The summary suggests that yoga practice and other exercises are safe and effective treatments for chronic low back pain that can produce lasting improvements in pain and back function. They found evidence that yoga practice may be slightly better than other exercises in reducing pain, but there is no additional benefit of combining yoga with other exercises. Hence, yoga practice is an acceptable, safe, and effective alternative to drug and surgical treatments that has small but significant benefits for the relief to the suffering of people with chronic low back pain.
So, reduce low back pain with Yoga.
“a structured yoga program may be an alternative to physical therapy for people with chronic low-back pain, depending on individual preferences, availability, and cost.” – NCCIH
CMCS – Center for Mindfulness and Contemplative Studies
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Wieland, L. S., Skoetz, N., Pilkington, K., Vempati, R., D’Adamo, C. R., & Berman, B. M. (2017). Yoga treatment for chronic non-specific low back pain. The Cochrane Database of Systematic Reviews, 1, CD010671. http://doi.org/10.1002/14651858.CD010671.pub2
Non-specific low back pain is a common, potentially disabling condition usually treated with self-care and non-prescription medication. For chronic low back pain, current guidelines state that exercise therapy may be beneficial. Yoga is a mind-body exercise sometimes used for non-specific low back pain.
To assess the effects of yoga for treating chronic non-specific low back pain, compared to no specific treatment, a minimal intervention (e.g. education), or another active treatment, with a focus on pain, function, and adverse events.
We searched CENTRAL, MEDLINE, Embase, five other databases and four trials registers to 11 March 2016 without restriction of language or publication status. We screened reference lists and contacted experts in the field to identify additional studies.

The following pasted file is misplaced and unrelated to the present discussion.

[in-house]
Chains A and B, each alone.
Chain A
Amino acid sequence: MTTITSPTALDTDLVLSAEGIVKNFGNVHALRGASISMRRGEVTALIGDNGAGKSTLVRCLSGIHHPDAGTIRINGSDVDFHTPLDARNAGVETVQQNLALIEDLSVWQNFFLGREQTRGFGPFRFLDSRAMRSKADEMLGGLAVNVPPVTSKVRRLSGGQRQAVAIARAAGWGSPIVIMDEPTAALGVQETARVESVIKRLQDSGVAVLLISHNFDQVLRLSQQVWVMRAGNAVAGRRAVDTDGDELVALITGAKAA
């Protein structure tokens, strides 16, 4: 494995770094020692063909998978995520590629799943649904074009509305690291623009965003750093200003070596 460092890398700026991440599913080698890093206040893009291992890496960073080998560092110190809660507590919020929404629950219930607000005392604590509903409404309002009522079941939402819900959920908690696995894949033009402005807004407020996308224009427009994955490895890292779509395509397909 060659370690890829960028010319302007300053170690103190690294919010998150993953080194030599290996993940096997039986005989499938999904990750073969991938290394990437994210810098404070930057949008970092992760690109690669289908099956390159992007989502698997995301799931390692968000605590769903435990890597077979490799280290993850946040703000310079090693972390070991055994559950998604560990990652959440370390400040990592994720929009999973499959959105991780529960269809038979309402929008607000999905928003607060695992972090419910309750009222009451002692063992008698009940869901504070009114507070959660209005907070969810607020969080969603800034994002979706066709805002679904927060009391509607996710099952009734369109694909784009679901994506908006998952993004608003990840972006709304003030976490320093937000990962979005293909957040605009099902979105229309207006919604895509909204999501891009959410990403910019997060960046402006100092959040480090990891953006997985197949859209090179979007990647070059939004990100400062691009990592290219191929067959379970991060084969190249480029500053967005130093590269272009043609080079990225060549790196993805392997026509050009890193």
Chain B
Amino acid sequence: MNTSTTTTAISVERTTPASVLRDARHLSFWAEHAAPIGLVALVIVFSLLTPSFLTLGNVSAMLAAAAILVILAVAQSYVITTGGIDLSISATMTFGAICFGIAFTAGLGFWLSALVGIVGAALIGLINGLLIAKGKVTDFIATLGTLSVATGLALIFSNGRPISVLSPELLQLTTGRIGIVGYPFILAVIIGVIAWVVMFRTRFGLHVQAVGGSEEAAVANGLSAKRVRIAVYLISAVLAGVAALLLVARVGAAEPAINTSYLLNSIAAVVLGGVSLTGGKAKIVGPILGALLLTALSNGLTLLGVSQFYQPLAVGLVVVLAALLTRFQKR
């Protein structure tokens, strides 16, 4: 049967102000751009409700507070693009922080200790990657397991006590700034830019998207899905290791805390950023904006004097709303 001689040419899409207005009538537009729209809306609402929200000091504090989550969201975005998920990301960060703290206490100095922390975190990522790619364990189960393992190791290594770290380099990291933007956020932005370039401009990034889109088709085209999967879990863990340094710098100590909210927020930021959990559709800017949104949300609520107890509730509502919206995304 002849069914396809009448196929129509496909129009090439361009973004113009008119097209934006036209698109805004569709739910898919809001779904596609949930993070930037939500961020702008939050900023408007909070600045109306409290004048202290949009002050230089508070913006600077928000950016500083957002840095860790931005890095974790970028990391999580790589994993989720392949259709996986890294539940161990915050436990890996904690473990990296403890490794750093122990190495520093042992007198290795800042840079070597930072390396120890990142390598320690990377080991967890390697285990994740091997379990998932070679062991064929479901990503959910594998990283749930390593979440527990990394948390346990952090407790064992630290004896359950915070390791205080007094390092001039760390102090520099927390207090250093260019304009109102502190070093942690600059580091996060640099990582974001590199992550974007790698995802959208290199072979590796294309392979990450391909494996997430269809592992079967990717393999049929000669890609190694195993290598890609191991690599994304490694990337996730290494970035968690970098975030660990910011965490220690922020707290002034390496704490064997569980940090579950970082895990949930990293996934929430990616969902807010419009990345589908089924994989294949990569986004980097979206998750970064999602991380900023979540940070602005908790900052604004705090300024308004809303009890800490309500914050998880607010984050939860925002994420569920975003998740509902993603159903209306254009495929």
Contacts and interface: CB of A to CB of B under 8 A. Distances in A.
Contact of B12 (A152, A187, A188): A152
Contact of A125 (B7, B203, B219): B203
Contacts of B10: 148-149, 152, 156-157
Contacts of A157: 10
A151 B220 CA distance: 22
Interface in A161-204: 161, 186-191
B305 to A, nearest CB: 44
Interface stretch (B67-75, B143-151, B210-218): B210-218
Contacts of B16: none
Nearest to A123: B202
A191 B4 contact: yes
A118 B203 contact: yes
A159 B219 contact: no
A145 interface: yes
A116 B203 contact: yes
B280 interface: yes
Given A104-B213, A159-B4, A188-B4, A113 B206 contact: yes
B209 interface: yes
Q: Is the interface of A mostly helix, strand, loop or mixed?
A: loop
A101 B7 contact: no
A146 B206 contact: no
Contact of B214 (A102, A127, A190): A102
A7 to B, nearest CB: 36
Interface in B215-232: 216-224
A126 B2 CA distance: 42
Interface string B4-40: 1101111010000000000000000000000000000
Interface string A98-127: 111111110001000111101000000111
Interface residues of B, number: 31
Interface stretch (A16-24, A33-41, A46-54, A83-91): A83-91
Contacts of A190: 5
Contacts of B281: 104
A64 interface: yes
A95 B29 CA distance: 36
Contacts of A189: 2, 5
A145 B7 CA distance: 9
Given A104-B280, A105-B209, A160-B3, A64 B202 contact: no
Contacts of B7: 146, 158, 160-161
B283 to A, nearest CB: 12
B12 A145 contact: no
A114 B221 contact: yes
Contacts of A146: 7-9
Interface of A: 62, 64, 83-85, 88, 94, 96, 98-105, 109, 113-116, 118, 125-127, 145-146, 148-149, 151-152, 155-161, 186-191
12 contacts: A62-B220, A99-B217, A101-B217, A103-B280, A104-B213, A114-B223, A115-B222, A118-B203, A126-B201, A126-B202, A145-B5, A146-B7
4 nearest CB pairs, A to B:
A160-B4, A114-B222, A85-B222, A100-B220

We included randomized controlled trials of yoga treatment in people with chronic non-specific low back pain. We included studies comparing yoga to any other intervention or to no intervention. We also included studies comparing yoga as an adjunct to other therapies, versus those other therapies alone.
Data collection and analysis
Two authors independently screened and selected studies, extracted outcome data, and assessed risk of bias. We contacted study authors to obtain missing or unclear information. We evaluated the overall certainty of evidence using the GRADE approach.
We included 12 trials (1080 participants) carried out in the USA (seven trials), India (three trials), and the UK (two trials). Studies were unfunded (one trial), funded by a yoga institution (one trial), funded by non-profit or government sources (seven trials), or did not report on funding (three trials). Most trials used Iyengar, Hatha, or Viniyoga forms of yoga. The trials compared yoga to no intervention or a non-exercise intervention such as education (seven trials), an exercise intervention (three trials), or both exercise and non-exercise interventions (two trials). All trials were at high risk of performance and detection bias because participants and providers were not blinded to treatment assignment, and outcomes were self-assessed. Therefore, we downgraded all outcomes to ‘moderate’ certainty evidence because of risk of bias, and when there was additional serious risk of bias, unexplained heterogeneity between studies, or the analyses were imprecise, we downgraded the certainty of the evidence further.